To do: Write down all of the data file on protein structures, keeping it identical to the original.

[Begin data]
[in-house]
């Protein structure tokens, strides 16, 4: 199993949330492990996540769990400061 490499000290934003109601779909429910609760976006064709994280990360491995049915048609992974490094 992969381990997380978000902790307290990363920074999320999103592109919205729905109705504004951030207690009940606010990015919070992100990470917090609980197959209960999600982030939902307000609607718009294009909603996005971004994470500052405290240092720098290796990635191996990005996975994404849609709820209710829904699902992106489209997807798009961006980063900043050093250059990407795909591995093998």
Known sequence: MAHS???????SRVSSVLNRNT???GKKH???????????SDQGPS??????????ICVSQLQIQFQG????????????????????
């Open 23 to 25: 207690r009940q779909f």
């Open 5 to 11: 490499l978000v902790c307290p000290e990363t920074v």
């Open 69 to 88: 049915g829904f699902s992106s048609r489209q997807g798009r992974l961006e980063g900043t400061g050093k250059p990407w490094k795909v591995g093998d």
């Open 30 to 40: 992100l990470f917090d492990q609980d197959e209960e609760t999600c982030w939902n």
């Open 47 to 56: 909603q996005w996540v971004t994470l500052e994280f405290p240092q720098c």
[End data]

[in-house]
């Protein structure tokens, strides 16, 4: 199993949330492990996540769990400061 490499000290934003109601779909429910609760976006064709994280990360491995049915048609992974490094 992969381990997380978000902790307290990363920074999320999103592109919205729905109705504004951030207690009940606010990015919070992100990470917090609980197959209960999600982030939902307000609607718009294009909603996005971004994470500052405290240092720098290796990635191996990005996975994404849609709820209710829904699902992106489209997807798009961006980063900043050093250059990407795909591995093998």
Known sequence: MAHS???????SRVSSVLNRNT???GKKH???????????SDQGPS??????????ICVSQLQIQFQG????????????????????
């Open 23 to 25: 207690r009940q779909f």
């Open 5 to 11: 490499l978000v902790c307290p000290e990363t920074v």
């Open 69 to 88: 049915g829904f699902s992106s048609r489209q997807g798009r992974l961006e980063g900043t400061g050093k250059p990407w490094k795909v591995g093998d």
């Open 30 to 40: 992100l990470f917090d492990q609980d197959e209960e609760t999600c982030w939902n």
């Open 47 to 56: 909603q996005w996540v971004t994470l500052e994280f405290p240092q720098c």